Democrats Nominate Obama
Candidate Gets Boost From the Clintons as He Becomes The First African American to Lead a Major-Party Ticket
Thursday, August 28, 2008
DENVER, Aug. 27 -- Sen. Barack Obama of Illinois completed an improbable and historic journey here Wednesday when he was nominated by acclamation as the Democratic candidate for president, becoming the first African American to lead a major political party into a general-election campaign.
Obama, who just eight years ago attended his first Democratic National Convention and who four years later shot to national prominence with an electrifying keynote address at the gathering in Boston, was given a final symbolic boost Wednesday by Sen. Hillary Rodham Clinton, who moved from the convention floor to suspend the roll call of the states and formalize her former rival's nomination by acclamation.
The gesture of conciliation brought to a conclusion the closest and hardest-fought nomination battle Democrats have waged in the modern era of presidential politics, pitting two historic candidacies in a contest that divided the party and left lingering bitter feelings among Clinton loyalists.
But after days of nervous speculation about how the long and often contentious competition would end here in Denver, the nomination-by-acclamation set off a joyous scene on the convention floor, as delegates danced to the strains of "Love Train" and then broke out in chants of "Yes, we can! Yes, we can!"
Hours later, the convention confirmed Sen. Joseph R. Biden Jr. (Del.) as the party's vice presidential nominee, and as he finished his acceptance speech, Obama made a surprise visit to the Pepsi Center to praise his running mate; his wife, Michelle; his erstwhile rival Clinton; and her husband, former president Bill Clinton, who had delivered a powerful speech on behalf of Obama earlier in the night.
"I think the convention's gone pretty well so far, don't you think?" Obama said. He cited his wife's speech on Monday, and then, referring to Hillary Clinton's speech on Tuesday, said, "If I'm not mistaken, Hillary Clinton rocked the house last night."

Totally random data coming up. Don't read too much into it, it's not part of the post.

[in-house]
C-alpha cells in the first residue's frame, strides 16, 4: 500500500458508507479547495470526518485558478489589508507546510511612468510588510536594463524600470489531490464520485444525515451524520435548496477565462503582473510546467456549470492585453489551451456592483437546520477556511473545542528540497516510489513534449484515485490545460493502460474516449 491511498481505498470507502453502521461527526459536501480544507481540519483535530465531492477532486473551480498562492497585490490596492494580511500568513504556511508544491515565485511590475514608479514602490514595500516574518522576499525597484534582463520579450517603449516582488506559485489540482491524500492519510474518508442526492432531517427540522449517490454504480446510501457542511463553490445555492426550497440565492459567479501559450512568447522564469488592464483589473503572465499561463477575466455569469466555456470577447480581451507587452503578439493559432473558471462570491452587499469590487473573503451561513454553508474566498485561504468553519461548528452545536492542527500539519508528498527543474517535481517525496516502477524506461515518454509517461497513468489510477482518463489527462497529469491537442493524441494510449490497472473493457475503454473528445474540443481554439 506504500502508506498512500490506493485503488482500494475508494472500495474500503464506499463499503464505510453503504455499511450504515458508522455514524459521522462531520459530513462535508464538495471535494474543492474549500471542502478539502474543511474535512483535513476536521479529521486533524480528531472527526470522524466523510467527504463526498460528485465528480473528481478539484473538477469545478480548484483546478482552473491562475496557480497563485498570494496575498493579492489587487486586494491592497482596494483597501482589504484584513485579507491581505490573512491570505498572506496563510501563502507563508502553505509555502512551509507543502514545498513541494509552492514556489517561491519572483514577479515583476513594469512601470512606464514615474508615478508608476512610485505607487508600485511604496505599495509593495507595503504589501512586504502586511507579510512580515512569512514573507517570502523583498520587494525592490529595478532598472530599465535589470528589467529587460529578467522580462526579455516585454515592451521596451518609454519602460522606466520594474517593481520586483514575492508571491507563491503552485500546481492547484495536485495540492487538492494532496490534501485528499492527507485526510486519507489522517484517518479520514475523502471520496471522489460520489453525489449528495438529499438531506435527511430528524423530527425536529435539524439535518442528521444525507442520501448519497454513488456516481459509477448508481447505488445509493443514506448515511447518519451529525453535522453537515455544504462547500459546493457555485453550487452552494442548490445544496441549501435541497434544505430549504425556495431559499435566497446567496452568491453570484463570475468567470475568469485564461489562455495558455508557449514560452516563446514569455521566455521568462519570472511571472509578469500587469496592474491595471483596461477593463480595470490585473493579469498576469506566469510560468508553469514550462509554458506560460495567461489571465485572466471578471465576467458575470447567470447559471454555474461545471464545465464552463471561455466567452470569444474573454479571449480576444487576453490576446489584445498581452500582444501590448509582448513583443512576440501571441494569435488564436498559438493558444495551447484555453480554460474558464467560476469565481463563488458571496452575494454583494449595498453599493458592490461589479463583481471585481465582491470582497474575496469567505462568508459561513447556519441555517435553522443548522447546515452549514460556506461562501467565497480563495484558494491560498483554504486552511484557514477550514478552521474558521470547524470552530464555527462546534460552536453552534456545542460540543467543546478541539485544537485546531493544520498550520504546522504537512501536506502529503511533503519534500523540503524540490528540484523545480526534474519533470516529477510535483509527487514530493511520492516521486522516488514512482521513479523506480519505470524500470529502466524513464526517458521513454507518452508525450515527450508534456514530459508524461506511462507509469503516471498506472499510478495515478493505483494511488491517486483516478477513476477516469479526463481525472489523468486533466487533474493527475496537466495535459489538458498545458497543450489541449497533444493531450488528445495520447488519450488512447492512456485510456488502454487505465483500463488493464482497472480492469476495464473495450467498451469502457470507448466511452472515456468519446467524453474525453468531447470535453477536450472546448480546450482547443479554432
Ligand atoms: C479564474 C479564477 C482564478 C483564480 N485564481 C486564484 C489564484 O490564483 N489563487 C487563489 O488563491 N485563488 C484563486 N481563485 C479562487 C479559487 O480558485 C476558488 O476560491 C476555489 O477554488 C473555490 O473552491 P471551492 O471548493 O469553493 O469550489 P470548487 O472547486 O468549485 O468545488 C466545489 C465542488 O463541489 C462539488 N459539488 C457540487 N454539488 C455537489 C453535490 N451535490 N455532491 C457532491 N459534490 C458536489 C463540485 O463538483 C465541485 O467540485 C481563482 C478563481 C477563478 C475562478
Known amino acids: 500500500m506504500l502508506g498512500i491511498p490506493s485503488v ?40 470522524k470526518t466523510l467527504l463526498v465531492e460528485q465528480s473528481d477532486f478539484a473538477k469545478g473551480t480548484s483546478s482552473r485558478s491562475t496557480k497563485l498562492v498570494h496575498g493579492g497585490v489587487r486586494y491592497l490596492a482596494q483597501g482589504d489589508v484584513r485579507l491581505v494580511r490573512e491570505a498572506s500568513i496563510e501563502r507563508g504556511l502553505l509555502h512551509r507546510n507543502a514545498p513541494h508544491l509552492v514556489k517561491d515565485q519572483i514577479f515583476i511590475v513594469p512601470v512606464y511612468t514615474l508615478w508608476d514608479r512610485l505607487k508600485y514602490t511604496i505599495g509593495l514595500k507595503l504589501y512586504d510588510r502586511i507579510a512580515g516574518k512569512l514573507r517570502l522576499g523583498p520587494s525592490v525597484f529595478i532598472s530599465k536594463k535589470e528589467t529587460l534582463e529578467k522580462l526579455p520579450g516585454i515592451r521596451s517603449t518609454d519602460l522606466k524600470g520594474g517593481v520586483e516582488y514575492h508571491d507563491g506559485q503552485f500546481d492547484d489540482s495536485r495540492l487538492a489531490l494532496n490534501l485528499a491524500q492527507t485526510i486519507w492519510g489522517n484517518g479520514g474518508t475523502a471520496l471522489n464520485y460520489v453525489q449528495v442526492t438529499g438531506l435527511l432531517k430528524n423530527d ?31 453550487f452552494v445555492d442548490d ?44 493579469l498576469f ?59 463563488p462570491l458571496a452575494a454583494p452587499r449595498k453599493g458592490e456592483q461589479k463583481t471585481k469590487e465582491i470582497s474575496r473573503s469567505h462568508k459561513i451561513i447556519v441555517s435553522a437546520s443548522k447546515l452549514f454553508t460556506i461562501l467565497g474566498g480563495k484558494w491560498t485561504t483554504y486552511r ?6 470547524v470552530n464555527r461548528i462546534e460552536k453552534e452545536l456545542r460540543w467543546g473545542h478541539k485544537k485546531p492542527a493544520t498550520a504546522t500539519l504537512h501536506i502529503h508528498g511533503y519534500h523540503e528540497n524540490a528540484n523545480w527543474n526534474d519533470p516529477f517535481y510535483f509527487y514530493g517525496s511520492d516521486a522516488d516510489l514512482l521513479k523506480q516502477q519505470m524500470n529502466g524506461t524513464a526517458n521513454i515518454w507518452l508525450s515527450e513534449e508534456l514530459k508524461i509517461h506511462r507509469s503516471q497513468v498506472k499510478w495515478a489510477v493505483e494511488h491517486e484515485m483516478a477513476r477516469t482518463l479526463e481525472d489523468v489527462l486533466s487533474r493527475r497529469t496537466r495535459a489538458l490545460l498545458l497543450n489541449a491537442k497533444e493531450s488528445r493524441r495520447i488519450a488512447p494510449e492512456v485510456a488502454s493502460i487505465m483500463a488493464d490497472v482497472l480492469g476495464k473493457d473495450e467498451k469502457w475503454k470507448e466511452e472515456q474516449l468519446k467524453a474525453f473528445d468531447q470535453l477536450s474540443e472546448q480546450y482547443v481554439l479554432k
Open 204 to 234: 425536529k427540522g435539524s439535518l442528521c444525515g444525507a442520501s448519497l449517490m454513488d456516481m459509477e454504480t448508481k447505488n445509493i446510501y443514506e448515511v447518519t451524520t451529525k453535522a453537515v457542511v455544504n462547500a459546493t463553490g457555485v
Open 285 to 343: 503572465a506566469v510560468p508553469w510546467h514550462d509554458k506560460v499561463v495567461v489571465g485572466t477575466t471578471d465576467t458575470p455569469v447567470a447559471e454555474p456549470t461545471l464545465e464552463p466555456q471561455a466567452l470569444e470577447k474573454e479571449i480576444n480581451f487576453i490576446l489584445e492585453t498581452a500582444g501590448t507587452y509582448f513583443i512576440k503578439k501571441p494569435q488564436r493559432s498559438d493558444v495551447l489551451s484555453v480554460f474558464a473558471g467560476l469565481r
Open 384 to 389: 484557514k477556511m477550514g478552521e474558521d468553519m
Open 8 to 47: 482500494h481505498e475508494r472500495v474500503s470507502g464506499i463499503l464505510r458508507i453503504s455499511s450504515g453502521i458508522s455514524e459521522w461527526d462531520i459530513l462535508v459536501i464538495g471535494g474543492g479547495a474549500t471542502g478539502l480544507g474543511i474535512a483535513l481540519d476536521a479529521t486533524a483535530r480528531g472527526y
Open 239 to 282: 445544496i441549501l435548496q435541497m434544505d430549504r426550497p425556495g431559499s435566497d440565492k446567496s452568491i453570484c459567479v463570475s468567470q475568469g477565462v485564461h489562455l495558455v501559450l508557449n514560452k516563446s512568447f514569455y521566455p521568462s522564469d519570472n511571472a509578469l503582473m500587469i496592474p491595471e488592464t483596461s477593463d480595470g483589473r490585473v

In his acceptance speech, Biden, the fiery chairman of the Senate Foreign Relations Committee, cast himself as a champion of working-class families -- a key target group Obama has struggled to win over -- and laid out a sustained critique of Sen. John McCain (Ariz.), who will accept the GOP nomination next week.
"I am here for everyone I grew up with in Scranton and Wilmington," he said. "I am here for the cops and firefighters, the teachers and assembly-line workers -- the folks whose lives are the very measure of whether the American dream endures."
Time and again, Biden charged, Obama's judgment on foreign policy issues has been superior to McCain's. On domestic issues, he said, McCain would continue the policies of President Bush rather than embrace changes he said the country desperately needs.
"Again and again, on the most important national security issues of our time, John McCain was wrong and Barack Obama was proven right," Biden argued. "Folks, remember when the world used to trust us? When they looked to us for leadership? With Barack Obama as our president, they'll look to us again, they'll trust us again, and we'll be able to lead again."
In its response to the night's proceedings, McCain's campaign sought to turn Biden's words against Obama.
"Joe Biden is right: We need more than a good soldier. We need a leader with the experience and judgment to serve as commander in chief from Day One," said spokesman Ben Porritt. "That leader is John McCain."